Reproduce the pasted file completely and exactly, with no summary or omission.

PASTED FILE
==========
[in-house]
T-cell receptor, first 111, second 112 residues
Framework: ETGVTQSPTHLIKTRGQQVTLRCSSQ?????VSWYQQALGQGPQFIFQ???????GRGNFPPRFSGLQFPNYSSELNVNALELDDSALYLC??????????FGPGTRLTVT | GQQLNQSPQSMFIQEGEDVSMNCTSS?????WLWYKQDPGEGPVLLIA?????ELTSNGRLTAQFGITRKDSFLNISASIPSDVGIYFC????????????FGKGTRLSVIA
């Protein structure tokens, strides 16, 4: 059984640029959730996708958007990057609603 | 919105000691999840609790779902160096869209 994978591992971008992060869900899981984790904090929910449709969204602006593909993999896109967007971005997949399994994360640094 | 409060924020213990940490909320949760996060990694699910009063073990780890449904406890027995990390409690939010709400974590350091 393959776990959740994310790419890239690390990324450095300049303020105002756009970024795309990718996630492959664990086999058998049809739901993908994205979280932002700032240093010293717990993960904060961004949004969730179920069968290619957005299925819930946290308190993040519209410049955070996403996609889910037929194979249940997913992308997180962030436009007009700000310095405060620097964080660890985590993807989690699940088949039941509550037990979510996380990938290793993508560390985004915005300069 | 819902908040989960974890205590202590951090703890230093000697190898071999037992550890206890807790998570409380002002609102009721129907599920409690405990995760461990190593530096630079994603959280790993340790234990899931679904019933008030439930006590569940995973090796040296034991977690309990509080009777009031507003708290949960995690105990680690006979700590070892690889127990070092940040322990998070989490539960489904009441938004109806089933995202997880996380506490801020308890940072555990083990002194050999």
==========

[in-house]
T-cell receptor, first 111, second 112 residues
Framework: ETGVTQSPTHLIKTRGQQVTLRCSSQ?????VSWYQQALGQGPQFIFQ???????GRGNFPPRFSGLQFPNYSSELNVNALELDDSALYLC??????????FGPGTRLTVT | GQQLNQSPQSMFIQEGEDVSMNCTSS?????WLWYKQDPGEGPVLLIA?????ELTSNGRLTAQFGITRKDSFLNISASIPSDVGIYFC????????????FGKGTRLSVIA
């Protein structure tokens, strides 16, 4: 059984640029959730996708958007990057609603 | 919105000691999840609790779902160096869209 994978591992971008992060869900899981984790904090929910449709969204602006593909993999896109967007971005997949399994994360640094 | 409060924020213990940490909320949760996060990694699910009063073990780890449904406890027995990390409690939010709400974590350091 393959776990959740994310790419890239690390990324450095300049303020105002756009970024795309990718996630492959664990086999058998049809739901993908994205979280932002700032240093010293717990993960904060961004949004969730179920069968290619957005299925819930946290308190993040519209410049955070996403996609889910037929194979249940997913992308997180962030436009007009700000310095405060620097964080660890985590993807989690699940088949039941509550037990979510996380990938290793993508560390985004915005300069 | 819902908040989960974890205590202590951090703890230093000697190898071999037992550890206890807790998570409380002002609102009721129907599920409690405990995760461990190593530096630079994603959280790993340790234990899931679904019933008030439930006590569940995973090796040296034991977690309990509080009777009031507003708290949960995690105990680690006979700590070892690889127990070092940040322990998070989490539960489904009441938004109806089933995202997880996380506490801020308890940072555990083990002194050999």